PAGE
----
Could Biomass and Coal Be Energy’s New Odd Couple?


Older generations fondly remember watching Felix Unger and Oscar Madison share a New York City apartment during the five-season run of “The Odd Couple” in the 1970s. Their continual fights based on their “opposites-don’t-attract” mentality were entertaining – but they also were predictive, if one imagines Felix as coal and Oscar as biomass.

Coal and biomass have been at odds in some respects for decades. Coal has had to compete with renewable energy, taking away market share over the past 40 years. Biomass is a part of that renewable energy push, and on first glance, it would seem that the slow but steady growth of biomass would be viewed as a menace by coal industry veterans.

However, biomass has the potential to be far more than a menace to the coal industry. Biomass actually could have the capability of helping to “save” coal under a coal-friendly Trump administration that campaigned around building up the industry and bringing back jobs.

The key lies in co-firing. Co-firing, as we’ve discussed previously, involves combining biomass fuel (in the form of wood pellets) with pulverized coal to supplement fuel for energy production at coal plants. Co-firing confers several advantages on a utility, including:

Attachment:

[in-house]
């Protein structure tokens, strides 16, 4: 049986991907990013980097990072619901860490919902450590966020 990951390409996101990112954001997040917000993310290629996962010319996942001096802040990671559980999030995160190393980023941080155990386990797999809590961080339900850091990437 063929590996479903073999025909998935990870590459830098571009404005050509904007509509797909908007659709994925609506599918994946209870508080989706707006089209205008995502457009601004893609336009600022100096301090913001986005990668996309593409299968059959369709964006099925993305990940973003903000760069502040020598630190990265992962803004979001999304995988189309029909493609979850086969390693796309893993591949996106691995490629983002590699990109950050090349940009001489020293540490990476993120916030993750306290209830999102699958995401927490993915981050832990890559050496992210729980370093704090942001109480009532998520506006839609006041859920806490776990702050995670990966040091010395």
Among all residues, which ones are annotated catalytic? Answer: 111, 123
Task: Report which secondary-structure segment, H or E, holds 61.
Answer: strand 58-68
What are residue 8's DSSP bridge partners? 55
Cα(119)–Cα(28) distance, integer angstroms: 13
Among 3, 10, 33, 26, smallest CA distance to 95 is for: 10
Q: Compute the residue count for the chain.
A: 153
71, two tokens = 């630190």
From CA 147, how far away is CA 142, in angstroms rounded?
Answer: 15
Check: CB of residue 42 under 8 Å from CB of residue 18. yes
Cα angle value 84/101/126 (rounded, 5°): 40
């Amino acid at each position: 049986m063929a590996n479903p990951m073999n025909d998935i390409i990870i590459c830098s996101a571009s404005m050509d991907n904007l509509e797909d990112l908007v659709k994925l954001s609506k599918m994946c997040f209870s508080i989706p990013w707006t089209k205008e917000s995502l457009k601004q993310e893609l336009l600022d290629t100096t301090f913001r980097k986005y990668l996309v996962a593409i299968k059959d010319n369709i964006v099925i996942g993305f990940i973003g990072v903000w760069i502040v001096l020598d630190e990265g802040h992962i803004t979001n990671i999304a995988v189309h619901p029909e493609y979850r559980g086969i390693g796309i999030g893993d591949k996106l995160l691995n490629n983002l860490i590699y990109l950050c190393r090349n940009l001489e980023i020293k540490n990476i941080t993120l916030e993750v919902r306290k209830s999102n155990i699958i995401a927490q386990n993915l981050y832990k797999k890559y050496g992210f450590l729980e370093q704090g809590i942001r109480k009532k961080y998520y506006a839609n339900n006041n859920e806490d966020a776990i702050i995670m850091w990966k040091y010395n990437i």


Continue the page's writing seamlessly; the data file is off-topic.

• Potentially cheaper fuel
  • Lower carbon emissions
  • Higher reliability
  • Competitive capital costs
  • Increased flexibility for on-demand generation
  • Lower emissions of nitrogen oxide, sulfur oxide, and mercury

Given that coal plants still provide over half of all large-scale electricity generation in the U.S., and that pulverized coal technology powers 97 percent of all coal plants over 250 MW in the country, the potential benefits could be significant if the nation makes a commitment to pushing co-firing at the federal level.

If President Trump wants to bring energy jobs back to states that have been hit hard by difficulties in both the coal and forestry industries, pushing pro-co-firing policies is a great idea. Co-firing can spur job creation for coal-producing states (like Wyoming, West Virginia, and Pennsylvania) and states that are heavily invested in forestry. Co-firing can keep coal plants competitive and operational, and can generate long-term demand for coal even as renewable energy grows.

And, from a big-picture perspective, co-firing can create predictability and stability for coal plant owners that has been missing for the past 20 years with the advent of renewables and natural gas.

No one is clear on whether or not President Trump’s administration is considering making co-firing a pillar of its pro-coal policy moving forward. Doing so, however, could result in thousands of new jobs, a new avenue forward for coal, and a surge of growth for local and state economies that will ultimately benefit society as a whole.

Coal and biomass may appear to be energy’s latest odd couple on the surface, but beneath – just like with Felix and Oscar – they need each other more than they know.